Matilda was in Anjou when her father died on 1 December 1135. Before she could travel to England her cousin, Stephen of Blois, crossed the English Channel to claim the throne. Encouraged by Stephen's brother who was bishop of Winchester, the Archbishop of Canterbury crowned Stephen at Winchester on 22 December. Stephen then applied to the Pope for his support and in the following months gained the support of many of the other bishops and barons in England and Normandy.
Matilda was not prepared to allow Stephen to just take the position that had been promised to her. Initially she established herself at Argentan and gradually began to challenge the support for Stephen in Normandy. She also appealed to the Papal Court in 1139 arguing that she was the true heir of her father and that oaths of allegiance had been sworn to that effect. Stephen made a counter claim that her mother, who had been educated in a nunnery, had been a nun and Matilda must therefore be illegitimate and could not therefore be Henry's heir. As the Archbishop of Canterbury had performed the marriage ceremony for Henry and Editha, the Pope refused to rule one way or the other. Stephen, consequently, remained King for the time being.
While her husband and his army continued to gather support in Anjou and Normandy, Matilda and her half-brother, Earl Robert, landed in Sussex on 30 September 1139 and thus began her campaign in England. She did have support from some of the barons and her uncle, King David of Scotland, had invaded the north of the country. A number of supporters of her father joined her campaign. Attempts at mediation between Stephen and Matilda failed and 2 February 1141 Stephen was defeated and captured at the Battle of Lincoln.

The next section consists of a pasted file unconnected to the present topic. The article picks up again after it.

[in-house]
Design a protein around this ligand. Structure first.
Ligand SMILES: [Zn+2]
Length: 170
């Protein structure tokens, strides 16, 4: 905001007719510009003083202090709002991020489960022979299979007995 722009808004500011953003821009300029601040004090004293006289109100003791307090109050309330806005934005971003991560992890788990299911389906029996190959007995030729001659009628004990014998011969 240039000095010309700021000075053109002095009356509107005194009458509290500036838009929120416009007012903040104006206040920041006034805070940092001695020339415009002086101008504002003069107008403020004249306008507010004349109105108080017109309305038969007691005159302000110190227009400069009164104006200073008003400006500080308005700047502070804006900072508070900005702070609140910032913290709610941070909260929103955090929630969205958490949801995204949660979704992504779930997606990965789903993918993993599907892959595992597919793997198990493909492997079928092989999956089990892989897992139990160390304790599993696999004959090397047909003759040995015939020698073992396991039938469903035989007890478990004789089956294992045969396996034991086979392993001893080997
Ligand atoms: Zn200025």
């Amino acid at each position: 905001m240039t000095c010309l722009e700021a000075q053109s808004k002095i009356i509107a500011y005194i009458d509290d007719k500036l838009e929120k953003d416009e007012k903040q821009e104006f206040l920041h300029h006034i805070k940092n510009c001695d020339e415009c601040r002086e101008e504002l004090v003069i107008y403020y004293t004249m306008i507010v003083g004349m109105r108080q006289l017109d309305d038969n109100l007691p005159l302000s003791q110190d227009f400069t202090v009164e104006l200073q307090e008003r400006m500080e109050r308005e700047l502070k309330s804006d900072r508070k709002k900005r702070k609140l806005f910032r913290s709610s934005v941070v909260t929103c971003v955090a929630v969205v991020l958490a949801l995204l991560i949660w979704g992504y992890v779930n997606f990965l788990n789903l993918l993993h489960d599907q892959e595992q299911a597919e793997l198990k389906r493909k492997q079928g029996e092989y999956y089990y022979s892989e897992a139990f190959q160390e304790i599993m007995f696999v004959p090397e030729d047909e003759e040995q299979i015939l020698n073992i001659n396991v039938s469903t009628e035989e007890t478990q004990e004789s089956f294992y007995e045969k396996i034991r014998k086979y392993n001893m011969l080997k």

On 7 April Matilda was accepted by the bishops as 'Lady of England' and plans were put in place for her coronation. It was assumed that she would rule until her son would be old enough to be king. However her support was only from sections of the country including the north, under the control of her uncle, the west of England, part of Wales, parts of the Thames Valley and Wiltshire. There was some nominal support in other areas but as Stephen refused to surrender the crown many of the barons and bishops were hedging their bets. Another complication was that Stephen's Queen, also Matilda, had an army moved to London and was prepared to confront the army of the Empress on behalf of Stephen.